Phosphorus (P) is an essential, non-replaceable nutrient in biology, with finite global reserves. Whereas soils may contain pools of P that could be several thousand times higher than required for plant growth, only a small soluble fraction is available for plant uptake (Smil 2000; Sohrt et al. 2017). This is due to complex edaphic processes and interactions with soil components such as iron and aluminum hydroxides in acidic soils, and calcium in alkaline soils. In addition, humidity, and the presence of clay particles also cause P to be immobilized in soil. Mean average temperature and precipitation are prime determinants of large-scale variability in plant production or annual net primary production, followed by nitrogen (N) and P (Cleveland et al. 2011). N limitation is more likely to occur in temperate regions and P limitation in tropical areas, especially on highly weathered soils such as Oxisols and Ultisols that dominate the tropical lowlands (Cleveland et al. 2011). Moreover, increased use of N fertilizers in agriculture in these regions could contribute in worsening P limitation and increasing P need of plants, due to alterations in microbial biomass P, and its ratios with microbial biomass N and C (Fan et al. 2018). Cleveland et al. (2011) reported foliage and soil P to be the best predictor for tropical lowland forest annual net primary production with an average of 14.7 and 18.8 t ha−1 year−1 for low and high P soils, respectively. Annual net primary production of approximately 8 t ha−1 year−1 is reported for the Sahelian region of Africa, of which about 3.3 t ha−1 year−1 is aboveground biomass (Ardö et al. 2018). Hence, additional mineral fertilizers, including P, must be applied to attain high yields, as crop production is often nutrient limited under natural conditions (Breman et al. 2001; Fageria and Oliveira 2014).

Global P fertilizer use has increased from 4.6 million tons in 1961 to approximately 21 million tons in 2015 and contributed to the green revolution and food security. Future global demand assessments estimate 22–27 million tons P year−1 by 2050 for cropland and an additional 4–12 million tons P year−1 for grassland (Mogollon et al. 2018). Over the past two decades, however, a large body of literature debated that the P reserves might be depleted in about 70 to over 300 years, with a peak P demand around the year 2030 (Cordell et al. 2009; Van Kauwenbergh 2010). Much of the P applied to soil as mineral fertilizers or organic manure is bound to soil, creating a pool of residual P, or is lost via leaching, runoff, and/or erosion and may reach waterbodies, contributing to eutrophication (Conijn et al. 2018). Leaching of P could be exacerbated by depleted soil organic matter due to P-induced alteration in microbial community that alters both microbial activity and C cycling rates (Wakelin et al. 2017). However, when not leached, the surplus P may be retained by sorption on metal (Fe, Al) hydroxides, carbonates (Ca), and 1:1 phyllosilicates, or bound to organic matter compounds via cation bridges.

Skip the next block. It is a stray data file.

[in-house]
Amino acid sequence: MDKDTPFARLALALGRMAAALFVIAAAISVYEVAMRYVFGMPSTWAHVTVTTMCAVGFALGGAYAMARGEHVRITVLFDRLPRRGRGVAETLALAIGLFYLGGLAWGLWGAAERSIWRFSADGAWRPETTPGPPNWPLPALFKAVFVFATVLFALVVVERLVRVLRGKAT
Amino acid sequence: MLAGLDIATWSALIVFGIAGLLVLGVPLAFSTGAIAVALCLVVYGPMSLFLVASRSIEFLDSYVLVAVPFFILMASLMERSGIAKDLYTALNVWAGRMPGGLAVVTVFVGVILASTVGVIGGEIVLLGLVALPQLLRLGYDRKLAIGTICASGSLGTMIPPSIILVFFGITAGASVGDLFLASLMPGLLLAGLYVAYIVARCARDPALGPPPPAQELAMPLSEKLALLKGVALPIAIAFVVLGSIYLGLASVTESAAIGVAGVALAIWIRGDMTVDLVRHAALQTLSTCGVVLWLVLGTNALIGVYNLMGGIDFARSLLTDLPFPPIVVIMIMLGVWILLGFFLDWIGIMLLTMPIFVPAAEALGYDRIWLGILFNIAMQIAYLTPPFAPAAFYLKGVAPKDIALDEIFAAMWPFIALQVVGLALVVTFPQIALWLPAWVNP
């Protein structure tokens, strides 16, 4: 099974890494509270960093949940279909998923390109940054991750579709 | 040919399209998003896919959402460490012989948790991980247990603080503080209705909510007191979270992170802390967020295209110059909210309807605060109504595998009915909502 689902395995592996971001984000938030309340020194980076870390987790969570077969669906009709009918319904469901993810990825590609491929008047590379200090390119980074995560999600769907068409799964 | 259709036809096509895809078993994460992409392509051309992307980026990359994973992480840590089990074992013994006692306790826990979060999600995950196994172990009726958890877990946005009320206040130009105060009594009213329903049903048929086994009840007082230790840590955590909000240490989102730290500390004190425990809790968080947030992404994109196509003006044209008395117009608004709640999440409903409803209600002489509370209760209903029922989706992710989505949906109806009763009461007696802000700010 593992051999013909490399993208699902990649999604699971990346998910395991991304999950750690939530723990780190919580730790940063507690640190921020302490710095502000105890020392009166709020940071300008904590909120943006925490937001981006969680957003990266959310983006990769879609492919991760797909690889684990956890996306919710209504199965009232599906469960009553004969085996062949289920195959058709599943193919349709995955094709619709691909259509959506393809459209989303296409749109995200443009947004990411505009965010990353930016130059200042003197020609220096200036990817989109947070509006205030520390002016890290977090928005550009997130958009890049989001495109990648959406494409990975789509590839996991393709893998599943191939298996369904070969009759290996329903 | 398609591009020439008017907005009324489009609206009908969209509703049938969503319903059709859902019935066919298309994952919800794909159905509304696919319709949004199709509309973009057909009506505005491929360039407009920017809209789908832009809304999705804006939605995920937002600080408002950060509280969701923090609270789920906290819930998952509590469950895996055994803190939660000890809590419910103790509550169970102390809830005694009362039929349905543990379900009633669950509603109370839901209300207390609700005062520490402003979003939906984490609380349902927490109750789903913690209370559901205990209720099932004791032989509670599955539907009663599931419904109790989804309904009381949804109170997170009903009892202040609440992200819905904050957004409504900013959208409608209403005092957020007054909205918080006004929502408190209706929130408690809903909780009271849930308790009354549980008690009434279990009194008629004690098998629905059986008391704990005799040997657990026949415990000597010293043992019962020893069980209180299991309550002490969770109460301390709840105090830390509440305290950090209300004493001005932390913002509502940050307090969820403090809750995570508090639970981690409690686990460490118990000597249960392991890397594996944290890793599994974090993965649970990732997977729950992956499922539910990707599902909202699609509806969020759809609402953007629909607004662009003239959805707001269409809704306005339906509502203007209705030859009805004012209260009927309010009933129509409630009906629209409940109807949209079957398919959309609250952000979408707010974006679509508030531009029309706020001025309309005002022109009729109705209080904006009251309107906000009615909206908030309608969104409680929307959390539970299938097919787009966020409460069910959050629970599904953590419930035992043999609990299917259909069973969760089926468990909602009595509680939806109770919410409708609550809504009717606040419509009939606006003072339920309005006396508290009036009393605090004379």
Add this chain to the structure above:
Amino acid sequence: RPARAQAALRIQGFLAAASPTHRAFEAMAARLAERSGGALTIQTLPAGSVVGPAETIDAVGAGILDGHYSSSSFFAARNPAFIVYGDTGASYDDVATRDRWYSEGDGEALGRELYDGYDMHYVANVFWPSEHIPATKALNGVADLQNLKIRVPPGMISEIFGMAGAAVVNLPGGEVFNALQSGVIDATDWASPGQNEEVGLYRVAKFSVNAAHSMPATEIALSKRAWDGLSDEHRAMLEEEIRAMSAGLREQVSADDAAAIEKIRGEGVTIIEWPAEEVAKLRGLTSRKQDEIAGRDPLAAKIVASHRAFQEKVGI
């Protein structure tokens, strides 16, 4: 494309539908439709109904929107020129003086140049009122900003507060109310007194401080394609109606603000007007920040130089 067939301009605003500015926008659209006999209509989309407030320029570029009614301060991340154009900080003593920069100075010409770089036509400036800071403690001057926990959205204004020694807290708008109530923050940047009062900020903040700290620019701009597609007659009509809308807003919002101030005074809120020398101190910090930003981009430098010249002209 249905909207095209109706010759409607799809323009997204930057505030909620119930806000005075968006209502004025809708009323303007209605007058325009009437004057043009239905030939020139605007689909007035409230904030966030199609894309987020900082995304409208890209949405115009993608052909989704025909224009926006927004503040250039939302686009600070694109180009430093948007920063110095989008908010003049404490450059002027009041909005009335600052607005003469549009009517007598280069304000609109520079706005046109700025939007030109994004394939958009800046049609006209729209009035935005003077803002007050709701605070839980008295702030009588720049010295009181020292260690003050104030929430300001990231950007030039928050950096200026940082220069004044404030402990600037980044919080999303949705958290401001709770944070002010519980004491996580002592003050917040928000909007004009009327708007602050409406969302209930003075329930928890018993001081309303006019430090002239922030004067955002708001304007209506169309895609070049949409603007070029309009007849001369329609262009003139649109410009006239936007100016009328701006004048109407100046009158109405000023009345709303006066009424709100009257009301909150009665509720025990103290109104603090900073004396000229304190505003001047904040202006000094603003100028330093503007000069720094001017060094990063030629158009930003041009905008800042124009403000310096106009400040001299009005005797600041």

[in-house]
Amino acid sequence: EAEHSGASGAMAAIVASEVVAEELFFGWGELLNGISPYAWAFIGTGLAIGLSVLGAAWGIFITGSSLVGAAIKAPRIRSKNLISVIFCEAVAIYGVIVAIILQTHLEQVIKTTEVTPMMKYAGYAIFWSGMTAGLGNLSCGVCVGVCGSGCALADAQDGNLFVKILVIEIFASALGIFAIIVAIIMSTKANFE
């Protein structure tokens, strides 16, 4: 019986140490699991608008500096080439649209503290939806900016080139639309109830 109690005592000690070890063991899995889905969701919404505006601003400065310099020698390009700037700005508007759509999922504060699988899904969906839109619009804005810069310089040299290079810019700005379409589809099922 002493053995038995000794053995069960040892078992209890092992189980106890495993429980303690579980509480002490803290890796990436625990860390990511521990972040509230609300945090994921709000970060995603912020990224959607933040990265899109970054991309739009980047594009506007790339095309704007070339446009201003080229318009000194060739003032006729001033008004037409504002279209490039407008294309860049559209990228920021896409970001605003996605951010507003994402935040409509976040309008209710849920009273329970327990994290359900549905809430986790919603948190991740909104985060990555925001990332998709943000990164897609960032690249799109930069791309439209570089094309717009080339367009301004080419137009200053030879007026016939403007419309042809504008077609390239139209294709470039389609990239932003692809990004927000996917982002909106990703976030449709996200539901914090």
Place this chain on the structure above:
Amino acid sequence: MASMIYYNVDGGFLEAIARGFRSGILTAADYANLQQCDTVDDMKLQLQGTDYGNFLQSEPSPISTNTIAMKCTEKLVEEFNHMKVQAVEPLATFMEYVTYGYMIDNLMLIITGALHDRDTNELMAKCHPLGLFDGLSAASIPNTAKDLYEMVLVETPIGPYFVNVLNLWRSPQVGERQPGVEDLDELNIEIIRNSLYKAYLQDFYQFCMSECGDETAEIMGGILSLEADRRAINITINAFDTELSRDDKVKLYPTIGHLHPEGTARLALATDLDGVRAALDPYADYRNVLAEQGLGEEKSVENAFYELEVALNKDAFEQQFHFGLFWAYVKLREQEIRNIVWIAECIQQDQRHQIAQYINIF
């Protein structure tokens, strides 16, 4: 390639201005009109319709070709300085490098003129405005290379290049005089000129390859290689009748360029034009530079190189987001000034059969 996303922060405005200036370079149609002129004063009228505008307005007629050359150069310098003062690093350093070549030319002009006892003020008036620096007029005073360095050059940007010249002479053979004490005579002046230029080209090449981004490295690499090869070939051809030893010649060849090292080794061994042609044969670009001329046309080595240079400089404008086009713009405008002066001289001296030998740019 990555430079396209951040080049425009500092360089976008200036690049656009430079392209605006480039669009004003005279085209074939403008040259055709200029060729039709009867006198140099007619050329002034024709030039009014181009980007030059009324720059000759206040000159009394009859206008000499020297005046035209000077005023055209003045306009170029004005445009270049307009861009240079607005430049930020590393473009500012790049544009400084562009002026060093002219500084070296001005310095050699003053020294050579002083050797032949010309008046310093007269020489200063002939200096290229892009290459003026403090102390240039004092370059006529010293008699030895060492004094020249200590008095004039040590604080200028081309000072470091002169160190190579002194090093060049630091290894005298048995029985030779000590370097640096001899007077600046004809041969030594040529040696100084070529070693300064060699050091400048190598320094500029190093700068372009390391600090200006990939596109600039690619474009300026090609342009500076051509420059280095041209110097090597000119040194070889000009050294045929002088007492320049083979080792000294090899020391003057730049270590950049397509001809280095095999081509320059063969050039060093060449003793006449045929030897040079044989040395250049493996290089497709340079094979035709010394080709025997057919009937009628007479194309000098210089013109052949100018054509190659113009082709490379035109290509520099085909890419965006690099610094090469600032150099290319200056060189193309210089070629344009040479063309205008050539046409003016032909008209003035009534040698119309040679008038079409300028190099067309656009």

Global surpluses buildup at an estimated 11–16 MT P year−1 (Sattari et al. 2012; Bouwman et al. 2017; Lu and Tian 2017) which may become available to crops depending on the amount, distribution and cropping system (Rowe et al. 2016), and by P activators though with highly site-specific effects (Zhu et al. 2018). Excess P in surface waters causes toxic algal blooms and hypoxic conditions that are detrimental to aquatic life in inland water bodies and ultimately contribute to dead coastal zones (Chowdhury et al. 2017). The environmental concerns and debate about “Peak P” have accelerated efforts to maximize P use efficiency for high crop yield. The environmental impacts of P could be minimized via multiple mitigation opportunities offered by optimized management and re-use of P along the entire P cycle (Chowdhury et al. 2017). These range from technological improvement in mining and production, reducing food waste, recovery and recycling of P from sewage sludge, manure, offal, and water bodies, to redistribution of P from regions with high abundance to regions with P deficiency. Optimized application rates based on prior soil information also stimulate uptake of residual soil P, placement of P, adapted cropping sequence to maximize P utilization, measures to reduce soil erosion, and discharge to water bodies, like vegetation buffer zones adjacent to streams, are a few of the possible mitigation measures to reduce emissions. These fertilization technologies and agronomic practices have been implemented already for several decades in some parts of the world to enhance P use efficiency. However, these have been unable to cut back P losses within the limits of the planetary boundaries (Rockström et al. 2009); defined as limits for the safe operating space for humanity beyond which deleterious or even catastrophic events will trigger non-linear, abrupt environmental change within continental- to planetary-scale systems. This is true for N as well (Conijn et al. 2018). Thus, despite efforts to mitigate P losses, only 20–25% of primary P applied as fertilizer ends up in consumed food, which indicates significant P leaks in the food system (Van Dijk et al. 2016).